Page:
A better solution is to leverage the aggregate throughput of a set of disks in a Pool.  For example, instead of using 2 P60 disks, you may consider creating a Pool of 5 P40 disks and leverage the aggregate throughput of all 5 of the P40 disks.  This not only can help you get better performance, but in some cases can be more cost effective.

2 P60 Disks:

  • Total Capacity: 16TB
  • Price: $1720.32
  • Aggregate Disk Throughput: 1000MBs

5 P40 Disks:

  • Total Capacity: 10TB
  • Price: $1177.60
  • Aggregate Disk Throughput: 1250MBs

Seems simple enough, but there are a few other factors to consider when planning your deployment.

Max Data Disks for your selected VM

If your analysis steers you towards an option to use more smaller capacity disks to get the performance you require, you will want to check the Max Data Disks allowed for your chosen Azure VM to run SoftNAS or other solution on.  For example, a D2s_v3 VM only allows 4 data disks and would not allow you to connect 5 P40 disks as shown in the above example.  In this case, you would either need to use a combination of larger capacity disks to reduce the disk count or select a larger VM with a higher Max Data Disk count.  You can refer to Microsoft Azure documentation to review the Max Data Disk counts for VMs.

Max Throughput for your selected VM

The next factor to consider is the max throughput that your selected VM can provide.   Just because the disk combination you selected can give you the performance you need, you need to ensure the VM you selected also allows enough throughput between your Data Disks and VM.   You will want to refer to the Uncached Data Disk Performance number (throughput and IOPs) and other documentation related to burst and non-burst performance in the Microsoft Azure documentation for the selected VM to ensure that the VM you deploy does not throttle disk performance below your required performance.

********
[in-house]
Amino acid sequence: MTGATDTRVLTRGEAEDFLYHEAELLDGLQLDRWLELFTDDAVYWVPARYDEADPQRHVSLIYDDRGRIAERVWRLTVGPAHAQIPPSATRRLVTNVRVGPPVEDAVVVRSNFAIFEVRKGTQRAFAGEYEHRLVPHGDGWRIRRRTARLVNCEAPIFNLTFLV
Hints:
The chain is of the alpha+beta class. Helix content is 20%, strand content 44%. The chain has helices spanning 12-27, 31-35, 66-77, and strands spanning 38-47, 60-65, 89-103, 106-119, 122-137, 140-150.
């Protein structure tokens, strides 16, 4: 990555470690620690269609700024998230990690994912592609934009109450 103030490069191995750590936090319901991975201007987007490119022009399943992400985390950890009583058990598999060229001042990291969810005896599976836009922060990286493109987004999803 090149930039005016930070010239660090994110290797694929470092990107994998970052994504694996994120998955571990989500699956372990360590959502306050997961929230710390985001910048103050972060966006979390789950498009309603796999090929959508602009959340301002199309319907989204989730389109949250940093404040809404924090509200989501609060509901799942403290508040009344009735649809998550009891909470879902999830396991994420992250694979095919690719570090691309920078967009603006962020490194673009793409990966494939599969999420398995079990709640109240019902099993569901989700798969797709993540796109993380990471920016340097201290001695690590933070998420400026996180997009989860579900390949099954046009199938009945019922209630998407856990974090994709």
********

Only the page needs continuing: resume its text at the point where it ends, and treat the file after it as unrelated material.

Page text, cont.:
When considering Azure Managed Disks for use with Buurst SoftNAS, you should consider:

  • How much storage capacity is required?
  • What are the performance requirements of your workload?
  • What VM choices do I have that enable the capacity and performance required?

Once you done a little homework, then it’s time to do some testing to verify that the choices you’ve made for your deployment meet your real-world requirements.   You may find you have overestimated your requirements and can save some money with lower performance disks or VM or underestimated and need more performance from your storage or VM.   This is where the cloud is great and allows you to reconfigure your deployment as needed.

0 Comments

Submit a Comment

Your email address will not be published. Required fields are marked *

More from Buurst

Do IOPS really matter?

Do IOPS really matter?

From the beginning of the Storage era, almost all storage vendors challenged each other to achieve the highest number of IOPS possible. There are...

read more
Data Loss Prevention

Data Loss Prevention

Through this post we will discuss more about data loss, which is the worst nightmare in the IT world, and how to protect ourselves in addition to...

read more